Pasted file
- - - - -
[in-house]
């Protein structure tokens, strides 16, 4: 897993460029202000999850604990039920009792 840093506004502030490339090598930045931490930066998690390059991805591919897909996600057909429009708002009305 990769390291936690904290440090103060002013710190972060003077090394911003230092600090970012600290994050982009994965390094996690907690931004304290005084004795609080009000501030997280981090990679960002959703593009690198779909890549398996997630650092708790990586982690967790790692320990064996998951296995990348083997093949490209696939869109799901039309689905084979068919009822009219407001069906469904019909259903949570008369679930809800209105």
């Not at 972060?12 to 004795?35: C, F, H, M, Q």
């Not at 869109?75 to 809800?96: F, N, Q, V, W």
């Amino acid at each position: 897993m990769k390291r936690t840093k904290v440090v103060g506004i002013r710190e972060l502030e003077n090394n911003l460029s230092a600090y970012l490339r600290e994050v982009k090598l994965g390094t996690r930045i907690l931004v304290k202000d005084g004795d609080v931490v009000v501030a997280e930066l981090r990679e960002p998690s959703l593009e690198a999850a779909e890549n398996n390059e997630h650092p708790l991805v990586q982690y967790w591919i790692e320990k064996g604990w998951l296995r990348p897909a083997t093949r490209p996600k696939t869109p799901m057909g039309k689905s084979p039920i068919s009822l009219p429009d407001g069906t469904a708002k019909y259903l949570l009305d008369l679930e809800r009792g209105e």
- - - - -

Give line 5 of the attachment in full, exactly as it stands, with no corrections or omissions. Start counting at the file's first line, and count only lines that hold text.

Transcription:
């Amino acid at each position: 897993m990769k390291r936690t840093k904290v440090v103060g506004i002013r710190e972060l502030e003077n090394n911003l460029s230092a600090y970012l490339r600290e994050v982009k090598l994965g390094t996690r930045i907690l931004v304290k202000d005084g004795d609080v931490v009000v501030a997280e930066l981090r990679e960002p998690s959703l593009e690198a999850a779909e890549n398996n390059e997630h650092p708790l991805v990586q982690y967790w591919i790692e320990k064996g604990w998951l296995r990348p897909a083997t093949r490209p996600k696939t869109p799901m057909g039309k689905s084979p039920i068919s009822l009219p429009d407001g069906t469904a708002k019909y259903l949570l009305d008369l679930e809800r009792g209105e």